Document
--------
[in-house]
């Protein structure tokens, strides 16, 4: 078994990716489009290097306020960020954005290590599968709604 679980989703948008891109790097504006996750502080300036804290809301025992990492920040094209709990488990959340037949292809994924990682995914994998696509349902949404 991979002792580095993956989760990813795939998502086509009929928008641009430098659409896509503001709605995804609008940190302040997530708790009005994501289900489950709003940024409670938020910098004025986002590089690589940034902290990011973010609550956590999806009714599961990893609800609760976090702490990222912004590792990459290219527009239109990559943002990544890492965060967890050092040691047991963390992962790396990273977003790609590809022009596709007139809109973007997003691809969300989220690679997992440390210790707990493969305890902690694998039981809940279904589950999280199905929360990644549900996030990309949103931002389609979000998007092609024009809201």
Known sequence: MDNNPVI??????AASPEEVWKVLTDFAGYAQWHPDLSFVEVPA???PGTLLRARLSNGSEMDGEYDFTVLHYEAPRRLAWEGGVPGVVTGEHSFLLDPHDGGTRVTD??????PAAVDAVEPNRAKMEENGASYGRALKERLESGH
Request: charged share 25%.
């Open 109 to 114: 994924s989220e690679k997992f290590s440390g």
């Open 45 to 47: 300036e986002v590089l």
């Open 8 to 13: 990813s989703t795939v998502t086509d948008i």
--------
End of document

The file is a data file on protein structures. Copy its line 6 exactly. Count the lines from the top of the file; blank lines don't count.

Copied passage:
């Open 45 to 47: 300036e986002v590089l």